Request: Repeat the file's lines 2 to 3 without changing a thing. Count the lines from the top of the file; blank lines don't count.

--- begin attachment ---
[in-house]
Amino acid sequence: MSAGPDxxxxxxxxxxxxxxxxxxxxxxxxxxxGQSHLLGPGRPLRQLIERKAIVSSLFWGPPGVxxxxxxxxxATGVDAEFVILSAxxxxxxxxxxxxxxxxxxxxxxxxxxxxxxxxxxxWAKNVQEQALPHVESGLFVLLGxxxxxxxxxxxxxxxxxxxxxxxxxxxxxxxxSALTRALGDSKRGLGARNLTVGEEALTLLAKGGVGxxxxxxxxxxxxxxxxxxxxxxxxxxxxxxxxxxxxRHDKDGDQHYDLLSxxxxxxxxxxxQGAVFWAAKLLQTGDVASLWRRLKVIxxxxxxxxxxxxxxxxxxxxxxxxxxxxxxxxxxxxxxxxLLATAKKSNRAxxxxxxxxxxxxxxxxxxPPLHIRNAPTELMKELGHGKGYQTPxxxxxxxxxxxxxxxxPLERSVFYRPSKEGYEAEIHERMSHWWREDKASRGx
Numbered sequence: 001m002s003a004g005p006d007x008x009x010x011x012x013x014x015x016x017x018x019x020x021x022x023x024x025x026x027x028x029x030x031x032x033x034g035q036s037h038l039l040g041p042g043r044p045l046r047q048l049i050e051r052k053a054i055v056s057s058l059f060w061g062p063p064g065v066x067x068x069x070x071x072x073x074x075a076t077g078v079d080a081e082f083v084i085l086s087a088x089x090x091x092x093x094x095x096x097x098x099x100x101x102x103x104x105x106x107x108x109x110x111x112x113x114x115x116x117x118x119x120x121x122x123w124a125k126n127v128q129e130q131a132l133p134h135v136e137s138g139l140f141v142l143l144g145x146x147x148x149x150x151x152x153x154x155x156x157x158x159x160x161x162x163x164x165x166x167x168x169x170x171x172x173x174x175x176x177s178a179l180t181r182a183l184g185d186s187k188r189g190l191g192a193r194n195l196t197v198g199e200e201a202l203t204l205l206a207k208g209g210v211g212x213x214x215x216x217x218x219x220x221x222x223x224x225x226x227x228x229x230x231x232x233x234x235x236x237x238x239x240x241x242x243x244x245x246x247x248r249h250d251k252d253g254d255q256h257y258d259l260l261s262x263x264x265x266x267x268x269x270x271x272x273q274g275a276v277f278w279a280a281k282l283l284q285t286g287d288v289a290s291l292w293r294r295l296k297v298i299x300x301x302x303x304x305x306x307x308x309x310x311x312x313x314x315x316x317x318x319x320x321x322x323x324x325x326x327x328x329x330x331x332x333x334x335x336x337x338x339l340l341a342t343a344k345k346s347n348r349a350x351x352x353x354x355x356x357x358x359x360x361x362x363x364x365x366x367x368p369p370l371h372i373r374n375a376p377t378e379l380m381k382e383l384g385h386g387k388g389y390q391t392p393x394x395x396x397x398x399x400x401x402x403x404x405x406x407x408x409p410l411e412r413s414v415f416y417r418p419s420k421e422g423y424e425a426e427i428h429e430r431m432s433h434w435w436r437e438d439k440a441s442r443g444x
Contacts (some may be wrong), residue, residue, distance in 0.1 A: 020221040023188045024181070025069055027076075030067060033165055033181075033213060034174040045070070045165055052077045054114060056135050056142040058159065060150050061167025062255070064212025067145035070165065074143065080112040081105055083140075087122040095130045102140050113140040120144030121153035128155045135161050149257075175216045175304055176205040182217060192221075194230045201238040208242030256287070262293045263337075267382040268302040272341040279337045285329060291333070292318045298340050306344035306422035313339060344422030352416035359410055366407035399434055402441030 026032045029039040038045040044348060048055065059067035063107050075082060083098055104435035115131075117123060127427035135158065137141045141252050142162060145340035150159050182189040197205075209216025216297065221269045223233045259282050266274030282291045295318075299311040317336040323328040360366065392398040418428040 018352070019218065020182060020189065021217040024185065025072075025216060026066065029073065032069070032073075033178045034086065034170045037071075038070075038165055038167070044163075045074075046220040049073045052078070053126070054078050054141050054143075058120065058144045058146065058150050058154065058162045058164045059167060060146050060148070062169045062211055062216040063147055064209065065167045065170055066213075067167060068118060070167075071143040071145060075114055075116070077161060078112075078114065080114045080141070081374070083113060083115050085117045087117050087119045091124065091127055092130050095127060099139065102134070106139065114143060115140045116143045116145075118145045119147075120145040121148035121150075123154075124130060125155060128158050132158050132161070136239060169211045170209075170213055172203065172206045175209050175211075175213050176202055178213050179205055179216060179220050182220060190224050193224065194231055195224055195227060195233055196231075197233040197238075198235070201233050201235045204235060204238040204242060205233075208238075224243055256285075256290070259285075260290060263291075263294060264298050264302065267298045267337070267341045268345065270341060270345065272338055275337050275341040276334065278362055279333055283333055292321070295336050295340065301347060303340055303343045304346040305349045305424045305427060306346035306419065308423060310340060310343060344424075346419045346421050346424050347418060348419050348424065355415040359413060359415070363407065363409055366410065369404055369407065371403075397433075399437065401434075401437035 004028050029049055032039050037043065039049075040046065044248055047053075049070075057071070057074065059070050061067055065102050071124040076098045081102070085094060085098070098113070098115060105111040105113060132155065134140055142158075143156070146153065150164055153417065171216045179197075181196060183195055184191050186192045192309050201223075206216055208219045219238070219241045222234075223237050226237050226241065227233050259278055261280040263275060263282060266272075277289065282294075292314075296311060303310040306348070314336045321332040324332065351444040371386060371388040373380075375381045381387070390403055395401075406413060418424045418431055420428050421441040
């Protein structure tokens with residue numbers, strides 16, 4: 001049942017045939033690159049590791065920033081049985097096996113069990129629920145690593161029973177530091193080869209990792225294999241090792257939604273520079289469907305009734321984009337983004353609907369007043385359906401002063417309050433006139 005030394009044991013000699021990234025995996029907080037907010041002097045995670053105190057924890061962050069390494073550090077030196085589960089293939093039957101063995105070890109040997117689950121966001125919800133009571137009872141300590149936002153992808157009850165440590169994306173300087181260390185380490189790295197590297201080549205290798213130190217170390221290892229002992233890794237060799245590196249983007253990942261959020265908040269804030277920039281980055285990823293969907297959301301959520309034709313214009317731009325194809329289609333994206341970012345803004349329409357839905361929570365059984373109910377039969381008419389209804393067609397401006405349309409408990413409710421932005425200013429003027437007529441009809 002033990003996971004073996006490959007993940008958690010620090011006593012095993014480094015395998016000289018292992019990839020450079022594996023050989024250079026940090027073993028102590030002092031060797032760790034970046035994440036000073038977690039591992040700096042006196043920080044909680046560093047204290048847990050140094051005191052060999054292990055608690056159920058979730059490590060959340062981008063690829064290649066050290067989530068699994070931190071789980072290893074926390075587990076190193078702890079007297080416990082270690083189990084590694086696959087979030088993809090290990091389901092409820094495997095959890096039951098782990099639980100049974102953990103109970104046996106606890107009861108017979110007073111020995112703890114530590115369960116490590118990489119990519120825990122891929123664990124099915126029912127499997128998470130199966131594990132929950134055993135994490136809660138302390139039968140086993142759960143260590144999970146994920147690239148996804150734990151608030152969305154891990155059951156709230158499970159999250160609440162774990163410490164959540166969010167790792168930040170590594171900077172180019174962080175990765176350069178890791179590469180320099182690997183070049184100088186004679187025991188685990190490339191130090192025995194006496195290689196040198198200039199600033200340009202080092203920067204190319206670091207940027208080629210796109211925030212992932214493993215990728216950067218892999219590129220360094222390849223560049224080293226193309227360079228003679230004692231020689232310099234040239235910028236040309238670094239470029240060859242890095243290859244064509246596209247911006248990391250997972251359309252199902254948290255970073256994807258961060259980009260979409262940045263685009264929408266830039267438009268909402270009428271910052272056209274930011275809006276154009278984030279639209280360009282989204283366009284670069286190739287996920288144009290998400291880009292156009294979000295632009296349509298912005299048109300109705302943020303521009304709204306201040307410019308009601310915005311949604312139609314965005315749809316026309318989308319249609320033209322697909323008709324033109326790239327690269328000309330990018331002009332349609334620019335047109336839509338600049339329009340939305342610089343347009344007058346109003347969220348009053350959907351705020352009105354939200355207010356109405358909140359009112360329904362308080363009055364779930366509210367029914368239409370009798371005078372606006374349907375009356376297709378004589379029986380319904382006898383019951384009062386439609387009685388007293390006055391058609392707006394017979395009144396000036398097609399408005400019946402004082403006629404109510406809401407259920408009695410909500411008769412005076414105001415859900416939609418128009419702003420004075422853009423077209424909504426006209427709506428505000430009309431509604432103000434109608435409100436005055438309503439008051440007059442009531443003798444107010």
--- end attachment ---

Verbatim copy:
Amino acid sequence: MSAGPDxxxxxxxxxxxxxxxxxxxxxxxxxxxGQSHLLGPGRPLRQLIERKAIVSSLFWGPPGVxxxxxxxxxATGVDAEFVILSAxxxxxxxxxxxxxxxxxxxxxxxxxxxxxxxxxxxWAKNVQEQALPHVESGLFVLLGxxxxxxxxxxxxxxxxxxxxxxxxxxxxxxxxSALTRALGDSKRGLGARNLTVGEEALTLLAKGGVGxxxxxxxxxxxxxxxxxxxxxxxxxxxxxxxxxxxxRHDKDGDQHYDLLSxxxxxxxxxxxQGAVFWAAKLLQTGDVASLWRRLKVIxxxxxxxxxxxxxxxxxxxxxxxxxxxxxxxxxxxxxxxxLLATAKKSNRAxxxxxxxxxxxxxxxxxxPPLHIRNAPTELMKELGHGKGYQTPxxxxxxxxxxxxxxxxPLERSVFYRPSKEGYEAEIHERMSHWWREDKASRGx
Numbered sequence: 001m002s003a004g005p006d007x008x009x010x011x012x013x014x015x016x017x018x019x020x021x022x023x024x025x026x027x028x029x030x031x032x033x034g035q036s037h038l039l040g041p042g043r044p045l046r047q048l049i050e051r052k053a054i055v056s057s058l059f060w061g062p063p064g065v066x067x068x069x070x071x072x073x074x075a076t077g078v079d080a081e082f083v084i085l086s087a088x089x090x091x092x093x094x095x096x097x098x099x100x101x102x103x104x105x106x107x108x109x110x111x112x113x114x115x116x117x118x119x120x121x122x123w124a125k126n127v128q129e130q131a132l133p134h135v136e137s138g139l140f141v142l143l144g145x146x147x148x149x150x151x152x153x154x155x156x157x158x159x160x161x162x163x164x165x166x167x168x169x170x171x172x173x174x175x176x177s178a179l180t181r182a183l184g185d186s187k188r189g190l191g192a193r194n195l196t197v198g199e200e201a202l203t204l205l206a207k208g209g210v211g212x213x214x215x216x217x218x219x220x221x222x223x224x225x226x227x228x229x230x231x232x233x234x235x236x237x238x239x240x241x242x243x244x245x246x247x248r249h250d251k252d253g254d255q256h257y258d259l260l261s262x263x264x265x266x267x268x269x270x271x272x273q274g275a276v277f278w279a280a281k282l283l284q285t286g287d288v289a290s291l292w293r294r295l296k297v298i299x300x301x302x303x304x305x306x307x308x309x310x311x312x313x314x315x316x317x318x319x320x321x322x323x324x325x326x327x328x329x330x331x332x333x334x335x336x337x338x339l340l341a342t343a344k345k346s347n348r349a350x351x352x353x354x355x356x357x358x359x360x361x362x363x364x365x366x367x368p369p370l371h372i373r374n375a376p377t378e379l380m381k382e383l384g385h386g387k388g389y390q391t392p393x394x395x396x397x398x399x400x401x402x403x404x405x406x407x408x409p410l411e412r413s414v415f416y417r418p419s420k421e422g423y424e425a426e427i428h429e430r431m432s433h434w435w436r437e438d439k440a441s442r443g444x